Adelphi has a good reputation as an independent bottler. Their Inchgower 26y 1980 won a gold medal at the 2008 Malt Maniacs Awards, and their undisclosed ‘Breath of Islay’ and ‘Breath of the Isles’ bottlings are also highly regarded.
Now they’re launching another undisclosed whisky named Fascadale (meaning “ship’s haven”). It’s a limited release of 3797 bottles. Charles McLean’s tasting notes sound very interesting:
Tobacco pouch, Highland Toffee, smoked bacon, distant peat fires and salty rock pools with a rich creamy texture and a bracing kick of chilli pepper to finish.
Attention, spoiler coming up: it’s a Talisker. They’ve married five 1993 and five 1998 casks, reduced to 46% which is marginally higher than a standard Talisker 10. It will be priced around € 45 which seems good value.
The Balvenie (emphasis on ‘ve’, not on ‘bal’) is part of the William Grant group which also owns Glenfiddich and the new Kininvie distillery.
Normally the 10y Founder’s Reserve is bottled at 40% but in France (and apparently also in Belgian tax free shops, where I bought my bottle) there is a 43% edition.
The Balvenie 10y Founder’s Reserve
(43%, OB 2006)
Nose: peach, orange, some pineapple. Really fruity. Sweet honey. After a while: burnt caramel with a very light hint of peat smoke. Mouth: medium-bodied and sweet. Honey again, with vanilla. Not really punchy, so I wonder what the 40% would be like… Finish: enough punch after all. Very warming, perfect sweetness. Demarara sugar. Smooth aftertaste with wonderful complexity.
This one has a great finish. The mouth-feel is a bit weak though, even at the higher strength. Still one of the best standard 10-year-olds you can buy. Or better: you could buy… it’s a shame that they’ve decided to discontinue it a few months ago.
Bottling different batches under the same name is something we’re seeing a lot in recent years. These limited run batches are chosen to share the same flavour profile while at the same time allowing (sometimes significant) variations. The Aberlour a’bunadh is one of the famous whiskies following this strategy. A’bunadh was first released in 1997 and is matured in oloroso sherry casks.
Nowadays, batch n°25 is being sold, but I’m reviewing batch n°19 which is highly regarded and generally gets some of the highest scores of the series. There’s no age statement.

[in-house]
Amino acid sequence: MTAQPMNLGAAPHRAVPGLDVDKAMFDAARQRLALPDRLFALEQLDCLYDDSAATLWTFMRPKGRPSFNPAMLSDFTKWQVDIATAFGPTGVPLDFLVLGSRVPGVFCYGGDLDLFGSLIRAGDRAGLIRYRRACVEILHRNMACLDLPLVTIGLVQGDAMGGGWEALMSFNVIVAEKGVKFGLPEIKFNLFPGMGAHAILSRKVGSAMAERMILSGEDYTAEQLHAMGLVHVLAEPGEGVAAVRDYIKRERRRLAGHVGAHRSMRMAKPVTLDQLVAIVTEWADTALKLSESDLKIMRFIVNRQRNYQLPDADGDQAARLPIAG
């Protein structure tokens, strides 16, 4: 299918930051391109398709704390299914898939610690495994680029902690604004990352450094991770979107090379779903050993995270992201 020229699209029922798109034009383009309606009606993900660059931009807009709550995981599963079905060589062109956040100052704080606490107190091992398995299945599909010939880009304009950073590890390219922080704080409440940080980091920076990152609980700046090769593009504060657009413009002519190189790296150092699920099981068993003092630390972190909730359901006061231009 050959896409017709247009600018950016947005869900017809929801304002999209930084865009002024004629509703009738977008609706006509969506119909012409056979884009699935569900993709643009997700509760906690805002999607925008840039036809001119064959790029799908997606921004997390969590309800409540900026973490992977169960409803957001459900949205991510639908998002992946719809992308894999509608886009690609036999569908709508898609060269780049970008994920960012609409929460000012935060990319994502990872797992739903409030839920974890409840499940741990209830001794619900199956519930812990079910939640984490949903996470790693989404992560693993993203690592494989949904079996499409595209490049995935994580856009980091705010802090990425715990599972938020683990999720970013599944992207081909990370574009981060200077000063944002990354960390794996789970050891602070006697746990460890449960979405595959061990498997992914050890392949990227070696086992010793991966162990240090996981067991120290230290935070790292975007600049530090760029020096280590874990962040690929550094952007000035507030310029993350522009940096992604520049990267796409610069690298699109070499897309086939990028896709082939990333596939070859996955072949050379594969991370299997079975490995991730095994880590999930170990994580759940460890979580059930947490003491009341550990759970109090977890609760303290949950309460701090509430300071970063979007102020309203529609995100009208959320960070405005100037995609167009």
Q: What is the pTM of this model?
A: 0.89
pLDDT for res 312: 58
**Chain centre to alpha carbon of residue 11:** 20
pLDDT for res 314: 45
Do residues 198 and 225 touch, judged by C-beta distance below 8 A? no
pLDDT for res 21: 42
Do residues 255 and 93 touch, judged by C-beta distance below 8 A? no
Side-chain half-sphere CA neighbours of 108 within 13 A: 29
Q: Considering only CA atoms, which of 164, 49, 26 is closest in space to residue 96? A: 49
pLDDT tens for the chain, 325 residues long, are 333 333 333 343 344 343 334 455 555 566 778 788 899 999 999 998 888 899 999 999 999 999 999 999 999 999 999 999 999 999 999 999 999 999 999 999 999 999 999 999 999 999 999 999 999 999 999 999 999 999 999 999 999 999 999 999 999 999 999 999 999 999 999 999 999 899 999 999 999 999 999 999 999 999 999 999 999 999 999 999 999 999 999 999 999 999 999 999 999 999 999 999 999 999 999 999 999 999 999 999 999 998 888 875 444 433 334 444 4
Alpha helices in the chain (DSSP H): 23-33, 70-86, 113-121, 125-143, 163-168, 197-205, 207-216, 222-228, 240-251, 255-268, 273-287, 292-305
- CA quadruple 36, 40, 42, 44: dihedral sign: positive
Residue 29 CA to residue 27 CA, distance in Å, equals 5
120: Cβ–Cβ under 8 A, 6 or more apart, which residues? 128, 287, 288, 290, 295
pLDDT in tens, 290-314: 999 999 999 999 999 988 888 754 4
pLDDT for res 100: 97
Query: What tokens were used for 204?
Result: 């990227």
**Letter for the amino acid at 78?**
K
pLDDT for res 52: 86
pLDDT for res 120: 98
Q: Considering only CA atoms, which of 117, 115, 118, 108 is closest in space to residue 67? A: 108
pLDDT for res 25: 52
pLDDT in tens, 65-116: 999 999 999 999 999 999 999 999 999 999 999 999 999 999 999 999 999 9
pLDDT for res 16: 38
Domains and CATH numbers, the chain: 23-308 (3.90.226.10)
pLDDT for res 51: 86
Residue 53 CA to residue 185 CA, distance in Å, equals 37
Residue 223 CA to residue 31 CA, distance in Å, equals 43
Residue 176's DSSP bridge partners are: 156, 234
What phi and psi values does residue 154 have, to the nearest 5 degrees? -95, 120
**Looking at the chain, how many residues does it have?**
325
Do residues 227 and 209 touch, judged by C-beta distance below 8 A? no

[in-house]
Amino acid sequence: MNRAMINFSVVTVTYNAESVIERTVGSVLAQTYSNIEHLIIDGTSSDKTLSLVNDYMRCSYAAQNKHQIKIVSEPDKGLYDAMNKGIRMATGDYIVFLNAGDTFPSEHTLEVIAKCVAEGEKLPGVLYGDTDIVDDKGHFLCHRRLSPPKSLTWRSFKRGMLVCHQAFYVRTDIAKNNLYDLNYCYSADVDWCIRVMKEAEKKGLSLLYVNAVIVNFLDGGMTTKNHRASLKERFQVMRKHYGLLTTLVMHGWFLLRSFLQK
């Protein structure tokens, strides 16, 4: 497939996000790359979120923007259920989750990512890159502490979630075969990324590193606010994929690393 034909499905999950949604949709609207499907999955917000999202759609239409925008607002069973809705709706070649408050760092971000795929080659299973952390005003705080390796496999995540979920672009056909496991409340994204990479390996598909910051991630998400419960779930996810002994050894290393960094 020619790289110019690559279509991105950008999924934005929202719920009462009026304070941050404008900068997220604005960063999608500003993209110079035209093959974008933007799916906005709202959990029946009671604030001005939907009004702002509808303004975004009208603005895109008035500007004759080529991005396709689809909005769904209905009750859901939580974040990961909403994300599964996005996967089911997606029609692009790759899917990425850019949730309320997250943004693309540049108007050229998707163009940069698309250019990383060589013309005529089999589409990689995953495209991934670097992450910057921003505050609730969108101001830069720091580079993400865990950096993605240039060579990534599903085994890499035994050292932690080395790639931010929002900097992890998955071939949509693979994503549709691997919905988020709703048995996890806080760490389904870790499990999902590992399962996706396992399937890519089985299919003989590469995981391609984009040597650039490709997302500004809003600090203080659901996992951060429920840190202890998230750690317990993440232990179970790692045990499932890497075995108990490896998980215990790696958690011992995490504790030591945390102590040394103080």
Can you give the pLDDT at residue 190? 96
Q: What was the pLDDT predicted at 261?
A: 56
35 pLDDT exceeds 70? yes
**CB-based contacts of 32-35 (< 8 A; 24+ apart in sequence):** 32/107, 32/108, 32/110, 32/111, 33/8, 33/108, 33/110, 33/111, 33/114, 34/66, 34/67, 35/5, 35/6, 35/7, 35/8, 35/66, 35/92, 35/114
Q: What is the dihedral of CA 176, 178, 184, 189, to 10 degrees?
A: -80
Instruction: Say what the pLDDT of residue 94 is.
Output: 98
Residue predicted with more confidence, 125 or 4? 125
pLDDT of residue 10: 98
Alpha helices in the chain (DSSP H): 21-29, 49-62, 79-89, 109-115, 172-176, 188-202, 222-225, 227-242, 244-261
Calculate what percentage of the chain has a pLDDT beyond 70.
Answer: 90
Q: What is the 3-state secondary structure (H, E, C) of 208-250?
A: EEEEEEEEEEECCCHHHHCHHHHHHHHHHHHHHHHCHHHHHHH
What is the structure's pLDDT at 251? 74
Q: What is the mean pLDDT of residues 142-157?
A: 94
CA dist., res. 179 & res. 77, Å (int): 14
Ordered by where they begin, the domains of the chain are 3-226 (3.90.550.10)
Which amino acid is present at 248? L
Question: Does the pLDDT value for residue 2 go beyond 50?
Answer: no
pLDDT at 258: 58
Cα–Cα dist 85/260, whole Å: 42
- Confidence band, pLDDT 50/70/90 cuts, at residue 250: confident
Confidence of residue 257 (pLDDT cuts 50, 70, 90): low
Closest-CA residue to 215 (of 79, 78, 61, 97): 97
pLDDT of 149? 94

(59,9%, OB 2007, batch n°19)
Nose: big sherry, which is surprisingly integrated with the malty flavours. Raisins in rum, dry figs. Spicy chocolate. A bit of furniture polish as well. Mouth: this is what they call a ‘sherry bomb’: strong of course, but still drinkable without dilution. The same oloroso influence: raisins, cherries, a bit of balsamico. Coffee and toffee flavours. Gets more herbal if you add a bit of water. Finish: long. Warm and spicy (ginger), with a bit of cocoa and a distant touch of smoke.
Very good if you like big sherried malts. I do. If I compare this to my other sherry love, the Glenfarclas 105, then this shows less chocolate and more barley. I’m not sure which one I prefer, but I think this one is a bit more complex.
Last year, I met Susan Webster at a Dewar Rattray tasting in TastToe. As you may know, her father is working at the Glenrothes distillery. I have a decent Glenrothes collection, and she told me the 1979 vintage was one of her favourites. It was also one of the favourites of John Sutherland, the distillery manager until 2007.
The 1979 is special in the history of The Glenrothes because it was their first vintage ever to be launched, back in 1994. It was also by coincidence the centenary year of the first spirit distilled there.
It’s also special because in 1979, Glenrothes converted the old malt barn into a new, computerized still house and added a new pair of stills. In a way, it’s true that the vintages of 1979 and earlier are more hand-crafted. Around 50.000 bottles were made of the first batch (there were new releases of the 1979 in 2002, 2004 and 2005).
Glenrothes 14 yo 1979
(43%, OB 1994)
Nose: the label is right: this one is delicately peated which makes it a rather unique Glenrothes (in the 70’s, they still used some peat smoke to dry the malted barley). Really pleasant and complex. Fruity as well: cooked apples, moscatel, citrus, light honey. Some spicy notes (cinnamon, cloves). Marzipan. Mouth: very rich. Sweet and fruity (oranges). Honey. Some toasted flavours as well, and the smoke is still present. Finish: gets a bit drier but soon the candy takes over again. Roasted nuts. Fades away on vanilla, chocolate and smoked wood.
A real gem and a multi-layered Speysider. In fact, it’s a shame that they’ve lost this delicate, smokey profile in later years. The smoke makes it powerful and adds to the complexity of the dram.